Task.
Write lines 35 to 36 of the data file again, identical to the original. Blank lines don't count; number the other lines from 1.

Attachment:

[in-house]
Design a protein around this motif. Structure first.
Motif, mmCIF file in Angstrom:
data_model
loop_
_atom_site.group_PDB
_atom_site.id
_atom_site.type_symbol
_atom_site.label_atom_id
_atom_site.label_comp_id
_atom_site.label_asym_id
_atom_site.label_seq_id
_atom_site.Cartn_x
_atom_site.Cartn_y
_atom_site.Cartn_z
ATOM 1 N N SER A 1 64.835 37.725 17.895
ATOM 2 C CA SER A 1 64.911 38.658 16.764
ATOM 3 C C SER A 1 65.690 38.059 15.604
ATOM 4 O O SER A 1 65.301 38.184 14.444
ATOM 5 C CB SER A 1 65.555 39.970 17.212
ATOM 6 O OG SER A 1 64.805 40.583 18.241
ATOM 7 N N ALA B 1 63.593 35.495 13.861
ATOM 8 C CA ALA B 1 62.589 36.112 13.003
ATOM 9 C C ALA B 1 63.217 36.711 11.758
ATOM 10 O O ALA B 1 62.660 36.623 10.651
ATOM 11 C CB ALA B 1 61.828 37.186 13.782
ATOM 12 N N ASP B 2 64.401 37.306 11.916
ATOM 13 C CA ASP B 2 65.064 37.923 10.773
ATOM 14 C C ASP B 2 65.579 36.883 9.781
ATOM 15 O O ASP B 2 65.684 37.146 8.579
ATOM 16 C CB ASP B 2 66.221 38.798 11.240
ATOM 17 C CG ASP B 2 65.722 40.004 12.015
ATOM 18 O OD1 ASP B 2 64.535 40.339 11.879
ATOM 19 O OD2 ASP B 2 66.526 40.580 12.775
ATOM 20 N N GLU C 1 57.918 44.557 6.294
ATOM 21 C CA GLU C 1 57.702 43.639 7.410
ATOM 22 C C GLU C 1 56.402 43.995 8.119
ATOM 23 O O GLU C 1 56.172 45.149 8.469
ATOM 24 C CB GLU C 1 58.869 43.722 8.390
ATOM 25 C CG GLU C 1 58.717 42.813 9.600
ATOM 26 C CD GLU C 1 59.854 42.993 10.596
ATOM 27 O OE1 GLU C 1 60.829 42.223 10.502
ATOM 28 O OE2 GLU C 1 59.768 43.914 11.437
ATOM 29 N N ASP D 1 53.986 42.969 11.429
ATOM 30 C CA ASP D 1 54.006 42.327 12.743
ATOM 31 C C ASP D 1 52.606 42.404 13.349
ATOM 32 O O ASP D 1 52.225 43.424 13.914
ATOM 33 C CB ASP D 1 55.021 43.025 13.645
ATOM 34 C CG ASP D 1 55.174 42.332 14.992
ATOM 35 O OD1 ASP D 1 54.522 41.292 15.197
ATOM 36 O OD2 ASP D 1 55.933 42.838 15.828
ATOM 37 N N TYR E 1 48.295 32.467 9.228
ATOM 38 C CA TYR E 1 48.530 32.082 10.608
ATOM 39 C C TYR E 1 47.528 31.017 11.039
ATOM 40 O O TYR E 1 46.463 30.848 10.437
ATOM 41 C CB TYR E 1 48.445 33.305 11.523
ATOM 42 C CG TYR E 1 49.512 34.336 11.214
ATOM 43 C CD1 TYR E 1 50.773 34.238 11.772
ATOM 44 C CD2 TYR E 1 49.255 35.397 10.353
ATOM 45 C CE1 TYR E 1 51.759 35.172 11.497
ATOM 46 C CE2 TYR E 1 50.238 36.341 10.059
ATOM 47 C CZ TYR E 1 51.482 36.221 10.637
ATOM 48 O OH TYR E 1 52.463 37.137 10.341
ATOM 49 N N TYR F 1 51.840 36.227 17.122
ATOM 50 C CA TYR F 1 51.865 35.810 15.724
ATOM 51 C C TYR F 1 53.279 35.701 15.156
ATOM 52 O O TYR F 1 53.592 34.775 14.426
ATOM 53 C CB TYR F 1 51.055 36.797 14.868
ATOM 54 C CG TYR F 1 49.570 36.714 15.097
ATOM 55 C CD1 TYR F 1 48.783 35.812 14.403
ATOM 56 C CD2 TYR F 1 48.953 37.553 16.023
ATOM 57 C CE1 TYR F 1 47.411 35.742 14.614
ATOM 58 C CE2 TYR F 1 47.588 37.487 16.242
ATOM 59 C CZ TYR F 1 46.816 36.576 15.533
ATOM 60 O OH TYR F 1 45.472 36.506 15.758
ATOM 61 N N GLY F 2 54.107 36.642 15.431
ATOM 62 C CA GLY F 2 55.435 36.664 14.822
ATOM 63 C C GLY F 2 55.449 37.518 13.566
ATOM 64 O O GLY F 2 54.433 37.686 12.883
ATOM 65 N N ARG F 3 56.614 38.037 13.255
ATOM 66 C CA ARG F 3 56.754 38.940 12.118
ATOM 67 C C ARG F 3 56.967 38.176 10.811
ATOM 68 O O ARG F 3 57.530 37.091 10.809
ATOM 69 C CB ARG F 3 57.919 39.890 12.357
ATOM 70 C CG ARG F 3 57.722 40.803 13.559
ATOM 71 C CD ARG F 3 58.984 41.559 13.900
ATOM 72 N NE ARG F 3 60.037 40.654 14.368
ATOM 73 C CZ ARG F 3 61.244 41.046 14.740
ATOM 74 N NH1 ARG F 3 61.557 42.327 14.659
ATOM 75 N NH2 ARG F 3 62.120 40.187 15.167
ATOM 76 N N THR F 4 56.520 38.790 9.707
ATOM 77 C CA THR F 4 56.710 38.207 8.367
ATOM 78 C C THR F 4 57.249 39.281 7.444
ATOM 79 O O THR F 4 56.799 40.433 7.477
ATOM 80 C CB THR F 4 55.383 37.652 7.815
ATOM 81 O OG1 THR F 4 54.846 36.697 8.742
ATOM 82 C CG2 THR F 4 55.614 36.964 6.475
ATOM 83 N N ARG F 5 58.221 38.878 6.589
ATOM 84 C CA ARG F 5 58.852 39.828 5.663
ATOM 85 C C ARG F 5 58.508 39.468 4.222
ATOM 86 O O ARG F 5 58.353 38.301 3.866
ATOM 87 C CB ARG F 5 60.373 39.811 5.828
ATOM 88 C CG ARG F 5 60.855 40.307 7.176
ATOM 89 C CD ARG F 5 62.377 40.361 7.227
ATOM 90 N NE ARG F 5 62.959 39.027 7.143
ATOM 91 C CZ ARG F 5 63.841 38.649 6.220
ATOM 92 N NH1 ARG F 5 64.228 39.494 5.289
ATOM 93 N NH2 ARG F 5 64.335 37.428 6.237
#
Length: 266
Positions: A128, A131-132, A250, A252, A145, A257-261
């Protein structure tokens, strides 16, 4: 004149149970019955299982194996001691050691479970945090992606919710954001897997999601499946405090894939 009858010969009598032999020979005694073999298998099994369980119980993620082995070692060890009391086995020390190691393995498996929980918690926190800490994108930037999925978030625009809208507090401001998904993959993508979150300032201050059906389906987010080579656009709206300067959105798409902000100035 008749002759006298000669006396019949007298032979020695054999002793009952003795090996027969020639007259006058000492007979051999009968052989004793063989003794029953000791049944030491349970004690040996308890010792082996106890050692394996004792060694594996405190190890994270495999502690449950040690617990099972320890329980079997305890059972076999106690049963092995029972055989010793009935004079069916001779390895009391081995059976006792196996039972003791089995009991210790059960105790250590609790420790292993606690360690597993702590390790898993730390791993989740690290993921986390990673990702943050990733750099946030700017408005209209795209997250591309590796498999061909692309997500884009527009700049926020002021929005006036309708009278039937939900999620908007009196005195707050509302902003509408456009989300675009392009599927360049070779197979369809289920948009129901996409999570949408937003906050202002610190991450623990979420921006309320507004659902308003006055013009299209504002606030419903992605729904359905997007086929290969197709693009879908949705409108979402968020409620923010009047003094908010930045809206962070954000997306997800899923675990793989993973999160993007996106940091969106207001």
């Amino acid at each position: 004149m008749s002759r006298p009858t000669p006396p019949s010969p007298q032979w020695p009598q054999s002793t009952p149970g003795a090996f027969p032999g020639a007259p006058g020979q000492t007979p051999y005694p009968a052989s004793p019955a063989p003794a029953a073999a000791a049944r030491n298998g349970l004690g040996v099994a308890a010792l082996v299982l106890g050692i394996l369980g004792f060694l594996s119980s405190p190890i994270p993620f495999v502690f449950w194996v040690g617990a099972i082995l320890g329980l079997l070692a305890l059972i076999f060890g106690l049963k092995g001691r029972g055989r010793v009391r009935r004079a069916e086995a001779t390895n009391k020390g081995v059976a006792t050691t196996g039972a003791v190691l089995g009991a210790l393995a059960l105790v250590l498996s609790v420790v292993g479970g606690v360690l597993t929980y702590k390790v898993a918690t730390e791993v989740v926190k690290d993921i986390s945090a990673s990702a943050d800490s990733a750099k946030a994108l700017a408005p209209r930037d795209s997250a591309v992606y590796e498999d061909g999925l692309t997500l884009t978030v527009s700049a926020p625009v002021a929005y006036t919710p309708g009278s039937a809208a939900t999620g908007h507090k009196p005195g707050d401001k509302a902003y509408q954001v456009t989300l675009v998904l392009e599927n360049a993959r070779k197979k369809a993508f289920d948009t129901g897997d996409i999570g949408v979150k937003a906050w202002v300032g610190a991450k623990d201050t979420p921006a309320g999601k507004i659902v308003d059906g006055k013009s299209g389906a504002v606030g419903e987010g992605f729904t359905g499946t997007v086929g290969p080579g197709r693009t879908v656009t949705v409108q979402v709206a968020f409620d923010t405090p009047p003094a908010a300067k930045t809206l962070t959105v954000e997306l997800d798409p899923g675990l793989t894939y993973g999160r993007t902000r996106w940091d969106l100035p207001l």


ATOM 20 N N GLU C 1 57.918 44.557 6.294
ATOM 21 C CA GLU C 1 57.702 43.639 7.410